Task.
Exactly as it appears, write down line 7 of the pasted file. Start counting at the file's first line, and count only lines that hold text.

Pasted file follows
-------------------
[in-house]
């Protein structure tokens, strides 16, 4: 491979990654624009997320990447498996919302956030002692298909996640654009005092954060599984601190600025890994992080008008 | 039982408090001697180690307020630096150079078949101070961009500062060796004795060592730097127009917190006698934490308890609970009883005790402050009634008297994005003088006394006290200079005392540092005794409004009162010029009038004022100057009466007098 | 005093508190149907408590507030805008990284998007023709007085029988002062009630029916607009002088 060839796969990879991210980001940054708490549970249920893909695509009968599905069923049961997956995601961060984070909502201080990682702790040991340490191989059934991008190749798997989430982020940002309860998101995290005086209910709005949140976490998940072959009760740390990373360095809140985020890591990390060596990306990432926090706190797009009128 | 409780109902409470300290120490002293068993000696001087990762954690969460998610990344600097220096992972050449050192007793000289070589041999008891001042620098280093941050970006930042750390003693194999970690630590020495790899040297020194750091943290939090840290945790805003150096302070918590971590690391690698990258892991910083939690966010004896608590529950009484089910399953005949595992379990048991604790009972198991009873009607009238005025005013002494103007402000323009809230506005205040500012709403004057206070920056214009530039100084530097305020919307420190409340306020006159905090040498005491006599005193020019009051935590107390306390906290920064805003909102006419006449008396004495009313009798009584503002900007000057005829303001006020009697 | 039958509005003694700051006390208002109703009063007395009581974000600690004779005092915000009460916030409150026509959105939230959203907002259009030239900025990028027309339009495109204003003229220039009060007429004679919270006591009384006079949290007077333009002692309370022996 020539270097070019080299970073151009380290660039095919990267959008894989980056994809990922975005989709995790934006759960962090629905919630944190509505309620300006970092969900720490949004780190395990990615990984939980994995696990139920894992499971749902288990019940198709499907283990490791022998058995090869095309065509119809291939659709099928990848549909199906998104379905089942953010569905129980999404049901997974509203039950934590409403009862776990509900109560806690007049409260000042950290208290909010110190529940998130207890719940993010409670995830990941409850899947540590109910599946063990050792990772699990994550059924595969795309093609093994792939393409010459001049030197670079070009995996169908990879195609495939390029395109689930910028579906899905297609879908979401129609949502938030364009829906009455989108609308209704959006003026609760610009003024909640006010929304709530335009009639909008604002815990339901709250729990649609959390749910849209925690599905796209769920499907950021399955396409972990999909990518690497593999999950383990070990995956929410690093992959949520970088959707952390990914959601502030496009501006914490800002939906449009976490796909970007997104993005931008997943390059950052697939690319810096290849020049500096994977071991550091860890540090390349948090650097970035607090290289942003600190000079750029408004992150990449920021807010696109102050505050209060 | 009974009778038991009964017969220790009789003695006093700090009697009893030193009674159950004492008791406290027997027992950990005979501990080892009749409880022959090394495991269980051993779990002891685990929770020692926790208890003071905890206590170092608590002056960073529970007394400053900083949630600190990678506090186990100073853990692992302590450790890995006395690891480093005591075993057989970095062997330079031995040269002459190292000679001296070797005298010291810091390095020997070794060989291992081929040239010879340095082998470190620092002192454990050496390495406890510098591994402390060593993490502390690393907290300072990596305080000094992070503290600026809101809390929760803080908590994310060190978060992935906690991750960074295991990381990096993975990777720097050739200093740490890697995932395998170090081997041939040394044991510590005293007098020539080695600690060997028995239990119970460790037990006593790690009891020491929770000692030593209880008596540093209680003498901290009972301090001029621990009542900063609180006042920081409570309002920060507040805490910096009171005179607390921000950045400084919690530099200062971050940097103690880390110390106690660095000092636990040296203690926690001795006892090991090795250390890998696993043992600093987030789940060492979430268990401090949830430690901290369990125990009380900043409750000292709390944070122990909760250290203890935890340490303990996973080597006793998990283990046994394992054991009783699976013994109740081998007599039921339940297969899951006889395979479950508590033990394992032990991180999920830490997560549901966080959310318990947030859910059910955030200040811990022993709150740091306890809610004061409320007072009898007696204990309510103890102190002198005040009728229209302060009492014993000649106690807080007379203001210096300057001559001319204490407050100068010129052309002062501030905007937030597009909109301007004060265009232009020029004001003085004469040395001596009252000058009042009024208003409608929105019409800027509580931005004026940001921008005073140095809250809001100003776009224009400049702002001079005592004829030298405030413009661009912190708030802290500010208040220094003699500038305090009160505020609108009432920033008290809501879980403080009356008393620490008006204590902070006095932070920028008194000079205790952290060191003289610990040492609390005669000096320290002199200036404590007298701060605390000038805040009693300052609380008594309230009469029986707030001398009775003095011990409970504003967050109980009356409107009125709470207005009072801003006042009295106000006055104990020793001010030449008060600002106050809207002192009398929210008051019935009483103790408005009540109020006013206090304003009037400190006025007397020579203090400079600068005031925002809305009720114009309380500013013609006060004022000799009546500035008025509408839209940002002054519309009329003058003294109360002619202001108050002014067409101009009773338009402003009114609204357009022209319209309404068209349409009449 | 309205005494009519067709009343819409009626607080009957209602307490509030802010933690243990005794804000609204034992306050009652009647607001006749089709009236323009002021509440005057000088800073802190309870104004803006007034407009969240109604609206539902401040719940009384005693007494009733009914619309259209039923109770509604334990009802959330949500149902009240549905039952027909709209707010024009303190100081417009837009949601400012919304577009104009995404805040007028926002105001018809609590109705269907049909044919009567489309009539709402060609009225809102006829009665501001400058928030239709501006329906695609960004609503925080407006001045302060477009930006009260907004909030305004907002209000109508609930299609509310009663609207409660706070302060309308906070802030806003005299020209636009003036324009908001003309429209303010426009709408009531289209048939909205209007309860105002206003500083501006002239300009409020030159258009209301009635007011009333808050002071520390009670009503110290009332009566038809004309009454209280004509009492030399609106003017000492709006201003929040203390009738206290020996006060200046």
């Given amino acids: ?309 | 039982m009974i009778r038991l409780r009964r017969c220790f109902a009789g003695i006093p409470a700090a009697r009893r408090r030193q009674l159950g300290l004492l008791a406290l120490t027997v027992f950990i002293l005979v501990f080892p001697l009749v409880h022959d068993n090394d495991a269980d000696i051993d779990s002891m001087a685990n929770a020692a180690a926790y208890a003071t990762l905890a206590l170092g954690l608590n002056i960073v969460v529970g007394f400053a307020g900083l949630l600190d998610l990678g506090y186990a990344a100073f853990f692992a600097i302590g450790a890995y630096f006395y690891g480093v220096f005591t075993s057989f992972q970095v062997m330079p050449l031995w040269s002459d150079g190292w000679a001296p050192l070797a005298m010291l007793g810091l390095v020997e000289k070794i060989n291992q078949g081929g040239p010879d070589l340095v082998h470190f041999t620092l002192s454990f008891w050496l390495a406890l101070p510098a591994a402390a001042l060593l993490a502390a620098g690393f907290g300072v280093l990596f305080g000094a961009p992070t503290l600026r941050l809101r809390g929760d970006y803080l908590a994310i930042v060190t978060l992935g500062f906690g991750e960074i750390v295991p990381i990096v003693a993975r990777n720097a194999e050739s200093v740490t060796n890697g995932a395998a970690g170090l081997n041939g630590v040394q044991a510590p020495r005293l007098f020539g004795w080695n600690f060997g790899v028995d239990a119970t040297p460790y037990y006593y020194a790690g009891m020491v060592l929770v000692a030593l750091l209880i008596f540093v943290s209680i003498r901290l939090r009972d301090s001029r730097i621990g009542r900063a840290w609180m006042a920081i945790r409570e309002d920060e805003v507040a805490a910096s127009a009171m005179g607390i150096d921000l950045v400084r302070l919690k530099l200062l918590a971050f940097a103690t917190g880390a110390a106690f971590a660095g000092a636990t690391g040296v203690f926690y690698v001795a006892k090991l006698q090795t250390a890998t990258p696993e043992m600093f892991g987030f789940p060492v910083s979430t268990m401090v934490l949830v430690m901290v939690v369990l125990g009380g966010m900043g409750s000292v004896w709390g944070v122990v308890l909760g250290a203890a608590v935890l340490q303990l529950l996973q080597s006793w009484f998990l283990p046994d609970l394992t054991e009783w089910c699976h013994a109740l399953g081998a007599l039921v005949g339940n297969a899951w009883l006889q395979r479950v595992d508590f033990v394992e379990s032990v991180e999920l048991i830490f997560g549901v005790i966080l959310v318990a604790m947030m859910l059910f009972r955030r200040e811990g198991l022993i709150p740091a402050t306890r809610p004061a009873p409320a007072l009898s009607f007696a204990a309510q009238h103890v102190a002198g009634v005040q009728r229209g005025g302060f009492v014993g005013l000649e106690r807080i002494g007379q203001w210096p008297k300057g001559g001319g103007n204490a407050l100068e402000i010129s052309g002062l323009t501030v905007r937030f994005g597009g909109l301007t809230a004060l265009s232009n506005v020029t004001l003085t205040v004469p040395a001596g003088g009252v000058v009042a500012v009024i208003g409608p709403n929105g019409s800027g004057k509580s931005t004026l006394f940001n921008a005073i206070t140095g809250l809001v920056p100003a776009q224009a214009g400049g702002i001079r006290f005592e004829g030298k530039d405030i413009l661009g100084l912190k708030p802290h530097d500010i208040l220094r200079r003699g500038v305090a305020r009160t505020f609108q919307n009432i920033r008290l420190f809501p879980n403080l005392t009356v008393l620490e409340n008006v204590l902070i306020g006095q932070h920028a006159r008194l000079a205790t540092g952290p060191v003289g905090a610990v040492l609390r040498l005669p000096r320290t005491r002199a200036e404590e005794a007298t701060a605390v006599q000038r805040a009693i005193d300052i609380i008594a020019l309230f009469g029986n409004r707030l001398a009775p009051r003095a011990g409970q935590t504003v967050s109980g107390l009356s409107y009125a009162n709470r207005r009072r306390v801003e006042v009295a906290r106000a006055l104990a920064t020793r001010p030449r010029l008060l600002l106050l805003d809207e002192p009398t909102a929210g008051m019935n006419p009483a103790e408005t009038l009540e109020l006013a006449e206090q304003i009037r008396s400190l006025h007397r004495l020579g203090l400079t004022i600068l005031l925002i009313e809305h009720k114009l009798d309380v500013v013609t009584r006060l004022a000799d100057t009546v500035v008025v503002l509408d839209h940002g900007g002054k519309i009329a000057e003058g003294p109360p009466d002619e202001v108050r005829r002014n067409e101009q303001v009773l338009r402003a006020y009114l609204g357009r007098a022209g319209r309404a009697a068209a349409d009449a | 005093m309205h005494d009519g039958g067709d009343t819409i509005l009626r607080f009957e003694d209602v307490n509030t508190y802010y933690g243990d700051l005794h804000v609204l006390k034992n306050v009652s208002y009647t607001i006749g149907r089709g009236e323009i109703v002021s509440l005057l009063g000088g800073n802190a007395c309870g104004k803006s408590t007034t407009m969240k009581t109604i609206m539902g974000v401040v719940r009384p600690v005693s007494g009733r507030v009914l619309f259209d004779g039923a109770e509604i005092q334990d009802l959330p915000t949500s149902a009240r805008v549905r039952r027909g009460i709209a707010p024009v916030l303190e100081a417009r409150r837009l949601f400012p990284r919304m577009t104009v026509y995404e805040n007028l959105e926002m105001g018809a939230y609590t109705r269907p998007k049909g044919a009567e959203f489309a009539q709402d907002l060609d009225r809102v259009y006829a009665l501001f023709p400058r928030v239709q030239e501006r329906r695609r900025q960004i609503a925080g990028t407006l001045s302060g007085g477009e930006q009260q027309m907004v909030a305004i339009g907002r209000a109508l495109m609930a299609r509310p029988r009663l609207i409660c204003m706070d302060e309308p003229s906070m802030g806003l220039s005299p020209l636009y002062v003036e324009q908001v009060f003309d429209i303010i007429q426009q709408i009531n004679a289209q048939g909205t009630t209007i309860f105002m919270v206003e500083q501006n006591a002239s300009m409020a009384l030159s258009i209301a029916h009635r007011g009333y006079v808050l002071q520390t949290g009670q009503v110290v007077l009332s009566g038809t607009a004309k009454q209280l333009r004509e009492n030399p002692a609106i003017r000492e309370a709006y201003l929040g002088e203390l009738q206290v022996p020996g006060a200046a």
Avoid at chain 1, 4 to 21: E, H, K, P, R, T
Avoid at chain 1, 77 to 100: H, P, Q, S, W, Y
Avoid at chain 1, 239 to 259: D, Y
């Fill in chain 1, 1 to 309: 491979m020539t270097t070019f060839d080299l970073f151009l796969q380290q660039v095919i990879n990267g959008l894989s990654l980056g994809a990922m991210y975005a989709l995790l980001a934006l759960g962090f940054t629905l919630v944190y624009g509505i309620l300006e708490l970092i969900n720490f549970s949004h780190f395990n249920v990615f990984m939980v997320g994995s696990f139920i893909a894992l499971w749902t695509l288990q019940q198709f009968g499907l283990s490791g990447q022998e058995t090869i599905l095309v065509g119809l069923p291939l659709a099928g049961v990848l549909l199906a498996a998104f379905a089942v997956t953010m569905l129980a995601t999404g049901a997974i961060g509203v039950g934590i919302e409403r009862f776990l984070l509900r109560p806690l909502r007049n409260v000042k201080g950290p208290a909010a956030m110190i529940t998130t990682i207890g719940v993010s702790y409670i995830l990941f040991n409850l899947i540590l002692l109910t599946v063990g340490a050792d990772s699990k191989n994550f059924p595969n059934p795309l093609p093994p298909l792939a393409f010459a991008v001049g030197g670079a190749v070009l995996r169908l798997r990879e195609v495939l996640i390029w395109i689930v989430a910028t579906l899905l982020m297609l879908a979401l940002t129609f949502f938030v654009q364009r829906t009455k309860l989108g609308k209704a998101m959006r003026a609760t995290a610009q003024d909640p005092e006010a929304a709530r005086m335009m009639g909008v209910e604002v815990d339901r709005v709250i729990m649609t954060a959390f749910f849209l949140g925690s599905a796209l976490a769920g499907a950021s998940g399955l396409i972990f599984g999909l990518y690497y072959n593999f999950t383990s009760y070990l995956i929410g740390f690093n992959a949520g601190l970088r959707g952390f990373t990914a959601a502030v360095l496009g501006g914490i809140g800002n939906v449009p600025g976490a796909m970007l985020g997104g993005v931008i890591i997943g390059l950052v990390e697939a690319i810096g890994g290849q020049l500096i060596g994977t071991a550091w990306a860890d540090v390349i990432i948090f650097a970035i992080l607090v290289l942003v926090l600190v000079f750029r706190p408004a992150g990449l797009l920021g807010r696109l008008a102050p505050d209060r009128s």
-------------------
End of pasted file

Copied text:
């Fill in chain 1, 1 to 309: 491979m020539t270097t070019f060839d080299l970073f151009l796969q380290q660039v095919i990879n990267g959008l894989s990654l980056g994809a990922m991210y975005a989709l995790l980001a934006l759960g962090f940054t629905l919630v944190y624009g509505i309620l300006e708490l970092i969900n720490f549970s949004h780190f395990n249920v990615f990984m939980v997320g994995s696990f139920i893909a894992l499971w749902t695509l288990q019940q198709f009968g499907l283990s490791g990447q022998e058995t090869i599905l095309v065509g119809l069923p291939l659709a099928g049961v990848l549909l199906a498996a998104f379905a089942v997956t953010m569905l129980a995601t999404g049901a997974i961060g509203v039950g934590i919302e409403r009862f776990l984070l509900r109560p806690l909502r007049n409260v000042k201080g950290p208290a909010a956030m110190i529940t998130t990682i207890g719940v993010s702790y409670i995830l990941f040991n409850l899947i540590l002692l109910t599946v063990g340490a050792d990772s699990k191989n994550f059924p595969n059934p795309l093609p093994p298909l792939a393409f010459a991008v001049g030197g670079a190749v070009l995996r169908l798997r990879e195609v495939l996640i390029w395109i689930v989430a910028t579906l899905l982020m297609l879908a979401l940002t129609f949502f938030v654009q364009r829906t009455k309860l989108g609308k209704a998101m959006r003026a609760t995290a610009q003024d909640p005092e006010a929304a709530r005086m335009m009639g909008v209910e604002v815990d339901r709005v709250i729990m649609t954060a959390f749910f849209l949140g925690s599905a796209l976490a769920g499907a950021s998940g399955l396409i972990f599984g999909l990518y690497y072959n593999f999950t383990s009760y070990l995956i929410g740390f690093n992959a949520g601190l970088r959707g952390f990373t990914a959601a502030v360095l496009g501006g914490i809140g800002n939906v449009p600025g976490a796909m970007l985020g997104g993005v931008i890591i997943g390059l950052v990390e697939a690319i810096g890994g290849q020049l500096i060596g994977t071991a550091w990306a860890d540090v390349i990432i948090f650097a970035i992080l607090v290289l942003v926090l600190v000079f750029r706190p408004a992150g990449l797009l920021g807010r696109l008008a102050p505050d209060r009128s």